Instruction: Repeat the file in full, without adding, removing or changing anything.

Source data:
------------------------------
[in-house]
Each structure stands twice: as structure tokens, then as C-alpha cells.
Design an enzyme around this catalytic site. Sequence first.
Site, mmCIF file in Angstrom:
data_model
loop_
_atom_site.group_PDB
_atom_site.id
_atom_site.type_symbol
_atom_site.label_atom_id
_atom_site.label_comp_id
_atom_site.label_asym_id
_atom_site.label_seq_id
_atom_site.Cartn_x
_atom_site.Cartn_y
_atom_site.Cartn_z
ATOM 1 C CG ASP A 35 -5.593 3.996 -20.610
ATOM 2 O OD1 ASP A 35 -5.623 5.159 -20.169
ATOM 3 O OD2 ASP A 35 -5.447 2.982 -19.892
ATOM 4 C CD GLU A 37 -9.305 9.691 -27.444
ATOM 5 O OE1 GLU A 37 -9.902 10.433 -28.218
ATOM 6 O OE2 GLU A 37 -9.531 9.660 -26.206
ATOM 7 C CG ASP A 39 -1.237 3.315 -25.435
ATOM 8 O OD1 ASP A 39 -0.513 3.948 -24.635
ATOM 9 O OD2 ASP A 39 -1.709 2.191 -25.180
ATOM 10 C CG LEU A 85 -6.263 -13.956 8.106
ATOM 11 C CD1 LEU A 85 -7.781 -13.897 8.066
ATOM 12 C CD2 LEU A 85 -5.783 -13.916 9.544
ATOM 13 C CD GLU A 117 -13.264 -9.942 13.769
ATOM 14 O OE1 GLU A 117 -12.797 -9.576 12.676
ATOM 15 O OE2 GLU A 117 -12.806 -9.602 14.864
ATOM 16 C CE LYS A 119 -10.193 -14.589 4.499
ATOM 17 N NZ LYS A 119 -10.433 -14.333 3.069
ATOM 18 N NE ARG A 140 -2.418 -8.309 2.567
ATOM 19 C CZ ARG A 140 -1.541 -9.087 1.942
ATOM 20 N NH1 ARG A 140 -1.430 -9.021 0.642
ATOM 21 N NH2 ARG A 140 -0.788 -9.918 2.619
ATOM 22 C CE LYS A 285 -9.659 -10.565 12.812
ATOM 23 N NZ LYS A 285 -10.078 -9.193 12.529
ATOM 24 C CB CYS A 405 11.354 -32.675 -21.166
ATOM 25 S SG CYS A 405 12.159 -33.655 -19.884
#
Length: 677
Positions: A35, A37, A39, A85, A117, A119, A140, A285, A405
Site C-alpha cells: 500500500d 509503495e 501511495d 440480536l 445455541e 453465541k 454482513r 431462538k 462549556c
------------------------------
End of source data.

[in-house]
Each structure stands twice: as structure tokens, then as C-alpha cells.
Design an enzyme around this catalytic site. Sequence first.
Site, mmCIF file in Angstrom:
data_model
loop_
_atom_site.group_PDB
_atom_site.id
_atom_site.type_symbol
_atom_site.label_atom_id
_atom_site.label_comp_id
_atom_site.label_asym_id
_atom_site.label_seq_id
_atom_site.Cartn_x
_atom_site.Cartn_y
_atom_site.Cartn_z
ATOM 1 C CG ASP A 35 -5.593 3.996 -20.610
ATOM 2 O OD1 ASP A 35 -5.623 5.159 -20.169
ATOM 3 O OD2 ASP A 35 -5.447 2.982 -19.892
ATOM 4 C CD GLU A 37 -9.305 9.691 -27.444
ATOM 5 O OE1 GLU A 37 -9.902 10.433 -28.218
ATOM 6 O OE2 GLU A 37 -9.531 9.660 -26.206
ATOM 7 C CG ASP A 39 -1.237 3.315 -25.435
ATOM 8 O OD1 ASP A 39 -0.513 3.948 -24.635
ATOM 9 O OD2 ASP A 39 -1.709 2.191 -25.180
ATOM 10 C CG LEU A 85 -6.263 -13.956 8.106
ATOM 11 C CD1 LEU A 85 -7.781 -13.897 8.066
ATOM 12 C CD2 LEU A 85 -5.783 -13.916 9.544
ATOM 13 C CD GLU A 117 -13.264 -9.942 13.769
ATOM 14 O OE1 GLU A 117 -12.797 -9.576 12.676
ATOM 15 O OE2 GLU A 117 -12.806 -9.602 14.864
ATOM 16 C CE LYS A 119 -10.193 -14.589 4.499
ATOM 17 N NZ LYS A 119 -10.433 -14.333 3.069
ATOM 18 N NE ARG A 140 -2.418 -8.309 2.567
ATOM 19 C CZ ARG A 140 -1.541 -9.087 1.942
ATOM 20 N NH1 ARG A 140 -1.430 -9.021 0.642
ATOM 21 N NH2 ARG A 140 -0.788 -9.918 2.619
ATOM 22 C CE LYS A 285 -9.659 -10.565 12.812
ATOM 23 N NZ LYS A 285 -10.078 -9.193 12.529
ATOM 24 C CB CYS A 405 11.354 -32.675 -21.166
ATOM 25 S SG CYS A 405 12.159 -33.655 -19.884
#
Length: 677
Positions: A35, A37, A39, A85, A117, A119, A140, A285, A405
Site C-alpha cells: 500500500d 509503495e 501511495d 440480536l 445455541e 453465541k 454482513r 431462538k 462549556c